Be prepared to climb. 

This is the trail heading up to Smith Lake.  Most of it is just this way.  I scrambled up the boulders according to my GPS's location of the forest's recognized trail, but found on the way down, there is a mostly clear trail that runs fairly parallel to the runoff from the Smith Lake dam.  It traverses mildly and heads downward more directly, without bushwhacking, and gets you on a more level easy trail pretty quickly.
These were fading and few, but a lovely sight! 
Little gems scattered all around the trails.
This is beyond the icing on the cake. (There is less snow in July 2018, and none was on the trail.) The area this side of the lake has forest and shade, and the footing is easier.  As you can see, across the lake is uninviting for hiking, beautiful even breathtaking!  Snow remains along the granite side but less of it.  It is possible to hike all the way around the lake.
  • I scrambled up the rocks to see over Smith Lake for that previous photo showing the whole basin, but the bonus was the completely unobstructed view of everywhere else!  I enjoy a good boulder scramble and this was dizzying standing on the next highest boulder I could climb for photos.  People also hike to the ridge over Smith and across the saddle over to Lyons Lake and make it a loop with Lyons Creek Trail. Only try it if you are skilled and energetic.  The climb down this way is steep and can be visually intimidating, or even frightening, to some.

    **** I found blog note that explains clearly why it is unwise to follow cairns (rock towers or stacks). From an excellent hiking resource, this account describes just that experience : 
    "...trail led right up to the edge of a creek, and I thought I might need to cross it. But there did seem to be a trail, although not as distinct as the trail leading up to it, heading directly up. I went that way, and encountered a difficult climb with no clear trail, but cairns set out all over the place that made me think I was going the right way."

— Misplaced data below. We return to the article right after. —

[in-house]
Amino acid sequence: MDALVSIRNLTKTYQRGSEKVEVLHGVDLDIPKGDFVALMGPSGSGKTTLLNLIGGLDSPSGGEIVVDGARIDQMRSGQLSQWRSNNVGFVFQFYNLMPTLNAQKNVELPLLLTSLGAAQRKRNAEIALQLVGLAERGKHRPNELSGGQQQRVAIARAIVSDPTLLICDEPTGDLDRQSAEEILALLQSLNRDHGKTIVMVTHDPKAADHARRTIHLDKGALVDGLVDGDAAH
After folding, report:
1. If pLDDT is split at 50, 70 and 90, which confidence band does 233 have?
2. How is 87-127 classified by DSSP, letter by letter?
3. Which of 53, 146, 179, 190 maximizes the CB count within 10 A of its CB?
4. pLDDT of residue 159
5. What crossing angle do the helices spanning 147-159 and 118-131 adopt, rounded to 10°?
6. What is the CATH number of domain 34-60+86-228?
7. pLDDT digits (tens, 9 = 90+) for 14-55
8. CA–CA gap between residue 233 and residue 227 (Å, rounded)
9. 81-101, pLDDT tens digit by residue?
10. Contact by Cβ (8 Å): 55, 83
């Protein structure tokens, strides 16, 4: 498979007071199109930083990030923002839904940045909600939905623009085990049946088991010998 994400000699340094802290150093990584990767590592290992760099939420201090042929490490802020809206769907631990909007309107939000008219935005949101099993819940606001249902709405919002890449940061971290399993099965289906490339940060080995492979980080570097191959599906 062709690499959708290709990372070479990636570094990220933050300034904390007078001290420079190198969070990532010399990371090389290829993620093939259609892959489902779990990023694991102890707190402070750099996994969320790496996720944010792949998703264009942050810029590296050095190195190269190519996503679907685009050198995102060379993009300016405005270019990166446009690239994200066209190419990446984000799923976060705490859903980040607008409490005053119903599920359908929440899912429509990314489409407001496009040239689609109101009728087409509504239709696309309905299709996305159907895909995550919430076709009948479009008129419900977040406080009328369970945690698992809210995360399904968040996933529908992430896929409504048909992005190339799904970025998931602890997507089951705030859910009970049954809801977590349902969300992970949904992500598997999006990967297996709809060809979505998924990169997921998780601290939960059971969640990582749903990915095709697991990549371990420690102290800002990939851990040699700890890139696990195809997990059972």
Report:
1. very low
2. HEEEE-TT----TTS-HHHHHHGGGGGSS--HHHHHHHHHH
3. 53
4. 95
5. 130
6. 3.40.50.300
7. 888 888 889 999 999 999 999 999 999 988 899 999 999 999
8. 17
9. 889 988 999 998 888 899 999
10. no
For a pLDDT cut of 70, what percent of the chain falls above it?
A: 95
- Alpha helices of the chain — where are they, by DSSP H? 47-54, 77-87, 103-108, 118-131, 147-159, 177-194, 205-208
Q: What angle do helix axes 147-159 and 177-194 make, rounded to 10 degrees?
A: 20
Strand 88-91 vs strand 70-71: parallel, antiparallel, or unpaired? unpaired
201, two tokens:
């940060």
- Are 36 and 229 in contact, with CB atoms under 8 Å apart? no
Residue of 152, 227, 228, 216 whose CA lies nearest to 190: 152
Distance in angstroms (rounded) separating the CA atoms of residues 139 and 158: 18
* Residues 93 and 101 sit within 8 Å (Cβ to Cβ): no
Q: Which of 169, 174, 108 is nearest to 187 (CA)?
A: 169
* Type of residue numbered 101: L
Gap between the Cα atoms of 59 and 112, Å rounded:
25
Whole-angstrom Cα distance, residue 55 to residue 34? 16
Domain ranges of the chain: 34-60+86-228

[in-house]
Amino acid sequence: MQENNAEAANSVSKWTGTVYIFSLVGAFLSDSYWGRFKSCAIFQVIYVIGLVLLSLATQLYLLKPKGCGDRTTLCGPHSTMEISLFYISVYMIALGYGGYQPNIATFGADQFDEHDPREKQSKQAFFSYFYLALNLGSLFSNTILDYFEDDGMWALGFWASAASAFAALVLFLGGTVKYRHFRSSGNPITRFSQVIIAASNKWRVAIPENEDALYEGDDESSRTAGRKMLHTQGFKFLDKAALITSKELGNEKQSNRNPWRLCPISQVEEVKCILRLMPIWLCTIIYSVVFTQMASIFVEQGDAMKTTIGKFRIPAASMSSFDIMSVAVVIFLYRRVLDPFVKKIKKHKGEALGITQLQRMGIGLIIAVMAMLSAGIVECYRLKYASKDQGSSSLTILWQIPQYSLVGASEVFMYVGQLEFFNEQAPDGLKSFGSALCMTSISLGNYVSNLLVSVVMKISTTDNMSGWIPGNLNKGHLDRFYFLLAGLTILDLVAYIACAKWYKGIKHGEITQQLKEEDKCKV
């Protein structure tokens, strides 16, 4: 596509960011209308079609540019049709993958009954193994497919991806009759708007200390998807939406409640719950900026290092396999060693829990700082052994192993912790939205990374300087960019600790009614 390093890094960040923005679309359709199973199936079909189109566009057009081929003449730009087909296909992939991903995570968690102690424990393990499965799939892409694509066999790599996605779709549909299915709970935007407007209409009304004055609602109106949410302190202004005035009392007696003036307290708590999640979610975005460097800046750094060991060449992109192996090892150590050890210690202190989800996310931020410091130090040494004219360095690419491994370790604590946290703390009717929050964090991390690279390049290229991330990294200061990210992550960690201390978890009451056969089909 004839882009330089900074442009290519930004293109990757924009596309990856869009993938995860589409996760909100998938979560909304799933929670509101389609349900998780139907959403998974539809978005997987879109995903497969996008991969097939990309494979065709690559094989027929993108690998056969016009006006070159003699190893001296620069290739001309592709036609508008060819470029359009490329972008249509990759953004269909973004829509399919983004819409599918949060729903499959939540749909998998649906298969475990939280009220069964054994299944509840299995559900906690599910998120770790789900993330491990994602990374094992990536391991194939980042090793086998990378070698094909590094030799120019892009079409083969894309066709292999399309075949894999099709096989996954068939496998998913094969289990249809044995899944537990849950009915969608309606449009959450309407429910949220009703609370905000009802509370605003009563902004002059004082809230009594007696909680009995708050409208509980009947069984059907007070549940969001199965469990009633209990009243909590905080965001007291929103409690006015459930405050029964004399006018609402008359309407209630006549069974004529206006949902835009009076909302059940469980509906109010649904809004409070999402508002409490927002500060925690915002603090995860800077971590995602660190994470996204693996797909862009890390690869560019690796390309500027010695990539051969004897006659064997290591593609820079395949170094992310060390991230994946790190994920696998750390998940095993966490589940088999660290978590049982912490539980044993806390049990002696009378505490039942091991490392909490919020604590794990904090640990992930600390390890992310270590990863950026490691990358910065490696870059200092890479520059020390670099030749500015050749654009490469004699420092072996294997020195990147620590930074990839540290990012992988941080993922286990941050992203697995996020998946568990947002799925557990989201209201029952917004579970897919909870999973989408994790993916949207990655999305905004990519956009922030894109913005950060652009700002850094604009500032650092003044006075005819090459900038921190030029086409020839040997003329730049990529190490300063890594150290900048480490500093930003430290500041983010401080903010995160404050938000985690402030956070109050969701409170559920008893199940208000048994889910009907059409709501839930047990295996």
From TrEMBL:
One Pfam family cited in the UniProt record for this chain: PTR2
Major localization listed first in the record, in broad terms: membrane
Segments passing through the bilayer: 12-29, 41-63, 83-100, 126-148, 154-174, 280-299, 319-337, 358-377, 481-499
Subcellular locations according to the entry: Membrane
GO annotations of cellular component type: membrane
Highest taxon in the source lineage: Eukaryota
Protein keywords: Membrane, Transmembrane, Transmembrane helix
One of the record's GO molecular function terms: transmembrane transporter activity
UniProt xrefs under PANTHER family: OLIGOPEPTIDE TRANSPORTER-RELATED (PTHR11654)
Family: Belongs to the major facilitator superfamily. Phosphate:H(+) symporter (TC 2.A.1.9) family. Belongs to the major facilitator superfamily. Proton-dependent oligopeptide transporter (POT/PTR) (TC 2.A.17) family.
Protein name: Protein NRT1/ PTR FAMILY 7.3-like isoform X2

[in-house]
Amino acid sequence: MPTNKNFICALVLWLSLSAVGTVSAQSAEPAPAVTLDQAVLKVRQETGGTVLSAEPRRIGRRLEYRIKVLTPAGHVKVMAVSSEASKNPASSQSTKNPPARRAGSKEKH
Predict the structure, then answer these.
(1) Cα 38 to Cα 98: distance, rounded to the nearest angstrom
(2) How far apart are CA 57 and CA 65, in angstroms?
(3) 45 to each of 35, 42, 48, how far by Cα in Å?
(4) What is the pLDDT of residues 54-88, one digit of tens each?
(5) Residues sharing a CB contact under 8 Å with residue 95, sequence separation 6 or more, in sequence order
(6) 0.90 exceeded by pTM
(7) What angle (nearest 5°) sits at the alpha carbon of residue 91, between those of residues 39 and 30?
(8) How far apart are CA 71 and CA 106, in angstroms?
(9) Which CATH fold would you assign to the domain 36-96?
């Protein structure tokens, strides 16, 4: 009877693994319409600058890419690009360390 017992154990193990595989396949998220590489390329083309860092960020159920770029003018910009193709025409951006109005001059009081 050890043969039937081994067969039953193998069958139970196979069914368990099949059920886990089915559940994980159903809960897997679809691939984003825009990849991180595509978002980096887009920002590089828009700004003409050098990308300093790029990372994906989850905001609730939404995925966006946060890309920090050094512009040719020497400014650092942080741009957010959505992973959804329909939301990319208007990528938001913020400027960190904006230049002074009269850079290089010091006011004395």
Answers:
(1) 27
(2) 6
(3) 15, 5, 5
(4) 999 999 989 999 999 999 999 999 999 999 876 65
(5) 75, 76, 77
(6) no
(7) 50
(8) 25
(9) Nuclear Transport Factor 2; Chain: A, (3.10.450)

and later, 
    "There are cairns every which way. In 2006, I started climbing too quickly straight up to the west, rather than making a more gradual ascent to the southwest. Following cairns that shouldn't have been left there, I often found myself backing up to find an easier route--which followed other cairns. When I made my return, I added more cairns to the easier route, and knocked away some that had led me to dead ends." 
    taken from NorCal Explorer blog.  
    My daughter and I had that same experience looking for Enchanted Pools and worried a little and wasted time following cairns.  Use of a compass and map would have served us much better.  The cairns died out and we bushwhacked to cross the creek we knew we had to cross to get to our destination.

    Cairns are not set up by the forestry, but hikers who are finding their  way back to stashed gear, or goofing off.  They are not reliable, and may intentionally get a person completely lost.  

    *If you lose sight of the trail:

    • Use clues by looking ahead, from a higher point if possible.  
    • Look for fallen trees cut away from the trail, and rocks and branches that are blocking what looks like a possible trail.  
    • Keep looking in the general direction the trail should go.  
    • The forestry tries to keep the vegetation off of the trail to keep it visible on recognized trails.
    • Use your map to locate peaks or visible landmarks and identify the compass direction you should be headed.  
    • Look for the place you are and how to intercept the trail (like heading to a certain side of a lake).  

    For similar hikes:
    Desolation Wilderness
    10+ miles
    30 miles
    Moderate to Strenuous/Difficult
    18 miles
    12+ miles
    Moderate to Strenuous
    13+ miles
    Moderate to Strenuous
    Umpa Lake and; Enchanted Pools
    8+ miles
    Cross country ~ Moderate
    Horsetail Falls via Pyramid Creek TH
    Aprox.  10 miles to lakes at the top of the falls
    "Difficult, and potentially dangerous" miles
    10 miles
    8 miles
    Lyons Lake via Lyons Creek Trail
    10+ miles
    9.2 miles
    6+ miles
    Lyons Creek Trail with melting snow
    9+ miles

    2010-09 We hiked 12 days.
    167 total
    Moderate to Strenuous

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    Happy Trails!
    Updated links 06-2016
    Updated trail conditions, made grammar and spelling corrections, changed a font, added signage details 07-2018